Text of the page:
Angola Three
The Angola 3 are three black liberationists that while inside prison, contact with members of the Black Panthers led to the creation of a prison chapter of the Black Panther Party in 1971. The men then organized prisoners to build a movement within the walls to

desegregate the prison, to end systematic rape and violence, for better living conditions, and worked as jailhouse lawyers helping prisoners file legal papers. They organized multiple strikes and sit-ins for better conditions. Woodfox and Wallace were convicted of the 1972 stabbing murder of 23-year-old prison guard Brent Miller. The third member of the Angola 3, Robert King Wilkerson, has been released. On October 4th, 2013, due to complications from late stage liver cancer, Herman Wallace died. He died a free man after spending an unimaginable 41 years in solitary confinement. A federal judge ruled that he be released a mere three days before his death. More information: Shaka Cinque* #72148 David Wade Correctional Center - N1A 670 Bell Hill Road Homer, Louisiana 71040
*Address envelope to Albert Woodfox.

MOVE is a radical ecological movement that has been attacked by the Philadelphia Police since its inception. Nine members were convicted and sent to prison for life following a 1978 siege at their house in which one cop was killed by another cop. One of those nine, Merle Africa, died in prison after being denied medical treatment. More information: Charles Sims Africa #AM4975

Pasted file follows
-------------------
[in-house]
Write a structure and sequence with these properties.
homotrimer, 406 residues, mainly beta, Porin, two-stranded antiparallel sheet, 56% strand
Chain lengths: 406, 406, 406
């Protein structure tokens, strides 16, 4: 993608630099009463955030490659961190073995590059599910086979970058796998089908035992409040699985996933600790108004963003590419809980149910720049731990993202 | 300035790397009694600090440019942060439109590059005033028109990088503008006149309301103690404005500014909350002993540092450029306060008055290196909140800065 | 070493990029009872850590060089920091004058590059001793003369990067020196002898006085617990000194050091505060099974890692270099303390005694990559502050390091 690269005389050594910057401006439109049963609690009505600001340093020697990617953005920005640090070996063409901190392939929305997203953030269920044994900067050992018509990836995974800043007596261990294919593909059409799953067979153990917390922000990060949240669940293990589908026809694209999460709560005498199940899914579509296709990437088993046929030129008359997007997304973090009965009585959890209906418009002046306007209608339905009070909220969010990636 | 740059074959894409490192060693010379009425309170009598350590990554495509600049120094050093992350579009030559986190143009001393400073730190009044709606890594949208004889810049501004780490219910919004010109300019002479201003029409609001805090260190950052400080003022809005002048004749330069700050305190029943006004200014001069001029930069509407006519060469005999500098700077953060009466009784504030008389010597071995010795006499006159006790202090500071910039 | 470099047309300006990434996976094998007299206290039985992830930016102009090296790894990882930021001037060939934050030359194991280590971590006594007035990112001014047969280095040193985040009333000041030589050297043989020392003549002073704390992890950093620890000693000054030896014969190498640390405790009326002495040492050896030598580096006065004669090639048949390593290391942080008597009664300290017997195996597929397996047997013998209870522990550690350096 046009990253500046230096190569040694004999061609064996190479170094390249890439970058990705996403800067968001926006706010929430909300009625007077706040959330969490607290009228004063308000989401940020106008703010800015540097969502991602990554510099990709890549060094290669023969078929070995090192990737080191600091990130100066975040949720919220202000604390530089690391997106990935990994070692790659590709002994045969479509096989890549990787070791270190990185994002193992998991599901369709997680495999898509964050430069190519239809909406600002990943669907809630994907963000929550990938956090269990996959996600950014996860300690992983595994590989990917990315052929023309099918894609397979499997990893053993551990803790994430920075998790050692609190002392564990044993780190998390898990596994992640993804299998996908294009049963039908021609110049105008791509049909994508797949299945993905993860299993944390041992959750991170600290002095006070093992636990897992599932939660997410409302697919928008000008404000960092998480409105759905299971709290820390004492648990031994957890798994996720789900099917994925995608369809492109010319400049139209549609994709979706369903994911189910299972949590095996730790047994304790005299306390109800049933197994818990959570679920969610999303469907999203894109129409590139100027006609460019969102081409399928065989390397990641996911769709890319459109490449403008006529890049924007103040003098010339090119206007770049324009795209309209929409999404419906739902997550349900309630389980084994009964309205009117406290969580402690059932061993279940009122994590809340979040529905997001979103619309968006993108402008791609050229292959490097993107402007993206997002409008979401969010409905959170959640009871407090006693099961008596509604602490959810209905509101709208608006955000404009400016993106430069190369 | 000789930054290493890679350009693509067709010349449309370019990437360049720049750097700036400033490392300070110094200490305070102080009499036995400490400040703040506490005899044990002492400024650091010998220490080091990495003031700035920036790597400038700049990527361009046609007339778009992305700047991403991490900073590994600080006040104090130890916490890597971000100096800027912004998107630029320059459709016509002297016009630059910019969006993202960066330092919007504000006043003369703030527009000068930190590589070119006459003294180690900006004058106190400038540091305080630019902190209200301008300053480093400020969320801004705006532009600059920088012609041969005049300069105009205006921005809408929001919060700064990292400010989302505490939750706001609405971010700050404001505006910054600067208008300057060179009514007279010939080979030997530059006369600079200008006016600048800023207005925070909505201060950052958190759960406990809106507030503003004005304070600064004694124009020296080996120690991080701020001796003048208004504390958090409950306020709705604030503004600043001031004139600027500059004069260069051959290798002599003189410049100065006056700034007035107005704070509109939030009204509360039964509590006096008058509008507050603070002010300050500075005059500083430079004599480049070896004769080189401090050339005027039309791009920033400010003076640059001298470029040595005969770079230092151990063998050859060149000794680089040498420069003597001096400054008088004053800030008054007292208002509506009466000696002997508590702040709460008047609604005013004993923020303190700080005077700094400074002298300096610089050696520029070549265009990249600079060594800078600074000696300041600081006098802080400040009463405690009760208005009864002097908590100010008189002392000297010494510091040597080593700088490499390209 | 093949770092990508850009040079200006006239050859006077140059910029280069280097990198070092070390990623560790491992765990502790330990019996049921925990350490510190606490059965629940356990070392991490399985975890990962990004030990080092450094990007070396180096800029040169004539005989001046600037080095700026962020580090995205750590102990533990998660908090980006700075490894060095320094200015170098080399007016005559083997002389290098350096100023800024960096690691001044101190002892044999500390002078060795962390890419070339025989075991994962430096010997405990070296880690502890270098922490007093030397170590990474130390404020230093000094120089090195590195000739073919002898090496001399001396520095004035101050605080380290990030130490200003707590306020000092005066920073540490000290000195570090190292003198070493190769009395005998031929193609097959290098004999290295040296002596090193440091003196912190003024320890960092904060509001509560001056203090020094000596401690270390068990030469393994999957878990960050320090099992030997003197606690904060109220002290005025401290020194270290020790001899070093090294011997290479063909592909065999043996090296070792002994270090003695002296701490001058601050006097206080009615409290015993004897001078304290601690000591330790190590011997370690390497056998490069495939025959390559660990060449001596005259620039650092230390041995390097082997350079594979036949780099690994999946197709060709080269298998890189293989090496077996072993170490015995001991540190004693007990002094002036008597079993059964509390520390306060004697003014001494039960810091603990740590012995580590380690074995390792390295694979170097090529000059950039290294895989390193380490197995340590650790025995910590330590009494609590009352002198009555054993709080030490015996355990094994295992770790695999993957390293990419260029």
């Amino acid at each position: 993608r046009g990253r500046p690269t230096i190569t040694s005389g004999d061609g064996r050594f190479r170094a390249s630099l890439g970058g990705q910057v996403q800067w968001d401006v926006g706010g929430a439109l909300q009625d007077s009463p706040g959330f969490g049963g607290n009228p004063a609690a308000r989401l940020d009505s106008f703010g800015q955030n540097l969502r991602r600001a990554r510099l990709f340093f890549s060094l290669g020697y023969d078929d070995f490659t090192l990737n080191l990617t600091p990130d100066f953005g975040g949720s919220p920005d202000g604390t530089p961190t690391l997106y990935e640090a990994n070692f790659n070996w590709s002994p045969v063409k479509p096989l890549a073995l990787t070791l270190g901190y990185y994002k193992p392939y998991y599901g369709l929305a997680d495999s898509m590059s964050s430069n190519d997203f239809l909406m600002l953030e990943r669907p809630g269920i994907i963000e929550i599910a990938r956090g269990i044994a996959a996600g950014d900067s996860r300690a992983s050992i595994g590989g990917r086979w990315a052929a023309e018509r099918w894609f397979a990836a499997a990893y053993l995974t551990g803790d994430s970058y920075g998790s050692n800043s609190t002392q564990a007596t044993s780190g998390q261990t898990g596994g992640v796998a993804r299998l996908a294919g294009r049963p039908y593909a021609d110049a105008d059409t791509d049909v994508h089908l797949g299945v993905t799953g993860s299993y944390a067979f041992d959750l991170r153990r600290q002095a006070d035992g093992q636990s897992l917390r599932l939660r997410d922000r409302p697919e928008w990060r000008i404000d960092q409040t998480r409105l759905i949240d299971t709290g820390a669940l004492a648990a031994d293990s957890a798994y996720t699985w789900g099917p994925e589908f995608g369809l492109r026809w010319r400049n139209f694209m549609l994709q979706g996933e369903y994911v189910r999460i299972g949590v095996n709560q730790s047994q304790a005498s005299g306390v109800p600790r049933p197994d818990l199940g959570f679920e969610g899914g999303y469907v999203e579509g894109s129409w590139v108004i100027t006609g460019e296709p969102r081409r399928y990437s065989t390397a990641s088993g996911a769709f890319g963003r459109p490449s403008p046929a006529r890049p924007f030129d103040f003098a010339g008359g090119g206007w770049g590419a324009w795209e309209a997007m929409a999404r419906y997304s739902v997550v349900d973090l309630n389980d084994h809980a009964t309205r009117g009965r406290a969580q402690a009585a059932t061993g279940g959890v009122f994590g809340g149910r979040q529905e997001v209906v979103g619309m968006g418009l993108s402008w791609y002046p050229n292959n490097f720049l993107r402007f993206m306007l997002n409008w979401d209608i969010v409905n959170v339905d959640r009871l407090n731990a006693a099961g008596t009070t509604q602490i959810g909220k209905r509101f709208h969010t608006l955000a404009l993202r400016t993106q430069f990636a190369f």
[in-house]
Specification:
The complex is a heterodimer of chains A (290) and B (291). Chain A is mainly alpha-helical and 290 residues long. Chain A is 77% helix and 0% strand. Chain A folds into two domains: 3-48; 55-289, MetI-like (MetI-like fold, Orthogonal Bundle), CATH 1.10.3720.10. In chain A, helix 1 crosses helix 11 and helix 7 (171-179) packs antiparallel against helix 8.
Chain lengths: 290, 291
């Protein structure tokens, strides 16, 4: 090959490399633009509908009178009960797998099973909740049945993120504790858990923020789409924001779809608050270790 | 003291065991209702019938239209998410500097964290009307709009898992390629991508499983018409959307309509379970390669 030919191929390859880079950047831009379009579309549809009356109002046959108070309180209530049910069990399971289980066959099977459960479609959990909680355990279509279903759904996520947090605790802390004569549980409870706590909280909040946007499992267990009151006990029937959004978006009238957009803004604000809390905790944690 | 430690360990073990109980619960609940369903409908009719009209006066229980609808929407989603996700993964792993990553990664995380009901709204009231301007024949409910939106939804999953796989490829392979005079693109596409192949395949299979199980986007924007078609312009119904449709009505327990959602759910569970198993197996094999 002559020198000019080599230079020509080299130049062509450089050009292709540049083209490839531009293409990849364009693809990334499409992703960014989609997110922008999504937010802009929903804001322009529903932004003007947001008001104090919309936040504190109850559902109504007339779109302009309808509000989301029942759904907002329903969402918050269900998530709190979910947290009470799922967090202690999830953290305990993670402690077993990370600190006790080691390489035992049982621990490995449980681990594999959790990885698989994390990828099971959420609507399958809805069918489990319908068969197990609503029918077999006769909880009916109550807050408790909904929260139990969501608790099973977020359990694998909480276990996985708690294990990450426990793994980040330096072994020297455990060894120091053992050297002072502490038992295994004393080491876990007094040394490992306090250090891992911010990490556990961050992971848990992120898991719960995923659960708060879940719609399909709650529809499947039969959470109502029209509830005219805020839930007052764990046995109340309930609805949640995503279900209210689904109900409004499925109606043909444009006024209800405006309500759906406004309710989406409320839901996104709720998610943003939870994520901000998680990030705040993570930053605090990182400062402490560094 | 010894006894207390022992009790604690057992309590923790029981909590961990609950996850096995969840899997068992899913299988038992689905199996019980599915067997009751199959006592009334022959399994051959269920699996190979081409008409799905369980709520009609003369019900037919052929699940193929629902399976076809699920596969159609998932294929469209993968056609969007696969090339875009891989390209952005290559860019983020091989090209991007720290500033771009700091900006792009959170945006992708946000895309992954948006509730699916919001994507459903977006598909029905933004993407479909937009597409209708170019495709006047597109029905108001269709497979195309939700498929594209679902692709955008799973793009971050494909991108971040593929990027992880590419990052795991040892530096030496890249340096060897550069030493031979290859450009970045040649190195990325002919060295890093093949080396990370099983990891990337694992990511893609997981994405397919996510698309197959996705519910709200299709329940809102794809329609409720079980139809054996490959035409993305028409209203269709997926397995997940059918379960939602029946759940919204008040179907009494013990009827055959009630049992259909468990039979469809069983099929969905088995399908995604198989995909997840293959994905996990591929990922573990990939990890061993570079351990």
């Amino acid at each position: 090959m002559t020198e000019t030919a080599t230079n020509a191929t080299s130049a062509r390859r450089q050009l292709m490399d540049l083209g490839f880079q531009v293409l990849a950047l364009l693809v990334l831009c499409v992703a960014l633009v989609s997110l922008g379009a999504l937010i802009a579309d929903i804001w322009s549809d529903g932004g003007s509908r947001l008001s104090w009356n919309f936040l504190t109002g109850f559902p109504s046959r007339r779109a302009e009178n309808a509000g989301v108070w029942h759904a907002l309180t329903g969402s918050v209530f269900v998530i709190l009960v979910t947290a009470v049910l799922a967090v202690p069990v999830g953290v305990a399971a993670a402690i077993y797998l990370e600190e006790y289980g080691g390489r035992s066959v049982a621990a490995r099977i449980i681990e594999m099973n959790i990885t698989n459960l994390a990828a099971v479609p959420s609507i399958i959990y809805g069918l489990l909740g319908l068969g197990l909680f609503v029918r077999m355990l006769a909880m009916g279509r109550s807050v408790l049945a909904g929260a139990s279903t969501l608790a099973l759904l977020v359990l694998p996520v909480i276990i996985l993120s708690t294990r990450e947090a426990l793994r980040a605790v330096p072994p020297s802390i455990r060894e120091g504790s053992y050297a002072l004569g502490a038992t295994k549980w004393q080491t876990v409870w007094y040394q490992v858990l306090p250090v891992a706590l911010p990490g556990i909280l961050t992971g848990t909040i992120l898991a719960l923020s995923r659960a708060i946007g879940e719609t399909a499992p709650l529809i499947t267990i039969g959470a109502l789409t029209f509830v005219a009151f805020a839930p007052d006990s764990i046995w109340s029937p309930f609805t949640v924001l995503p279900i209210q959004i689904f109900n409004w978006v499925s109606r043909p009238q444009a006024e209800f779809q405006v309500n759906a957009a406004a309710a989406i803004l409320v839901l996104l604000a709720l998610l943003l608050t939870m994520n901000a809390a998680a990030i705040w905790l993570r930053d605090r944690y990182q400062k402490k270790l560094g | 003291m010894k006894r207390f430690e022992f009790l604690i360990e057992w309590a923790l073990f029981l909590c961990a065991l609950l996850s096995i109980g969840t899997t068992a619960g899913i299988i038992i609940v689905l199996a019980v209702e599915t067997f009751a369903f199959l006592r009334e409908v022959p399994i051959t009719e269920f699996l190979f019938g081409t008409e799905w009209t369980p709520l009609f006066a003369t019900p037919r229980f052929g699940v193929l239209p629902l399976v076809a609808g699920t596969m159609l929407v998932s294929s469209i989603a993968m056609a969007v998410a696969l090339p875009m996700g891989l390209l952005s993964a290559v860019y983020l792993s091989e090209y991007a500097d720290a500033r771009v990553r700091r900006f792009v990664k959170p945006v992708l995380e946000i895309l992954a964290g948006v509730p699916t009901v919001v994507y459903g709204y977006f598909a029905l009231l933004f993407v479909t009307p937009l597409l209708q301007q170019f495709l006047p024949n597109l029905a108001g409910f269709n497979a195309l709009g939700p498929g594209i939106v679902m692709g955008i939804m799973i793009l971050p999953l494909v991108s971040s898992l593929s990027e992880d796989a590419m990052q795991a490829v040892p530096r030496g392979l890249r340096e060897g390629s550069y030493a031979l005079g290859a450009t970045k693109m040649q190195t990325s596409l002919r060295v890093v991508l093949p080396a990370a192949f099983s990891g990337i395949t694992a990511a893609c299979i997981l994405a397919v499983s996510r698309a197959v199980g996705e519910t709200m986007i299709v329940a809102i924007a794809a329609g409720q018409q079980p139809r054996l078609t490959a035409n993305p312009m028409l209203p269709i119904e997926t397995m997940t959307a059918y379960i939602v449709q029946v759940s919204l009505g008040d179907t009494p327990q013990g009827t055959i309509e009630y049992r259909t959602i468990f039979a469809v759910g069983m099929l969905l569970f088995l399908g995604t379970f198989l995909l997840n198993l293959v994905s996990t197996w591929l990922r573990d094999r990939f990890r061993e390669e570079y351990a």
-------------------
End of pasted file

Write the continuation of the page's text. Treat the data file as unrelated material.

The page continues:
SCI Retreat 660 State Route 11 Hunlock Creek, Pennsylvania 18621

Debbie Sims Africa #OO6307

SCI Cambridge Springs 451 Fullerton Avenue Cambridge Springs, Pennsylvania 16403

Delbert Orr Africa #AM4985
SCI Dallas Follies Road, Drawer K Dallas, Pennsylvania 18612-0286

Edward Goodman Africa #AM4974
SCI Mahoney 301 Morea Road Frackville, Pennsylvania 17932

Janet Holloway Africa #OO6308

SCI Cambridge Springs 451 Fullerton Avenue Cambridge Springs, Pennsylvania 16403

Janine Phillips Africa #OO6309

SCI Cambridge Springs 451 Fullerton Avenue Cambridge Springs, Pennsylvania 16403

Michael Davis Africa #AM4973

SCI Graterford Post Office Box 244 Graterford, Pennsylvania 19426-0244

William Phillips Africa #AM4984
SCI Dallas Follies Road, Drawer K Dallas, Pennsylvania 18612-0286

Nebraska Two
The Nebraska 2 were charged and convicted of the murder of Omaha Police Officer Larry Minard. Minard died when a suitcase containing dynamite exploded in a North Omaha home on August 17, 1970. Officer John Tess was also injured in the explosion. Poindexter and Rice were members of the Black Panther Party, and their case was, and continues to be, controversial. The Omaha Police withheld exculpatory evidence at trial. The two men had been targeted by the FBI’s COINTELPRO (Counter Intelligence Program), which operated against and infiltrated anti-war and Civil Rights groups, including the Omaha Black Panthers. The US section of Amnesty International recognizes Rice and Poindexter as political prisoners. The state’s parole board has recommended the men for release, but political leaders have not acted on these recommendations. More information:


Ed Poindexter #27767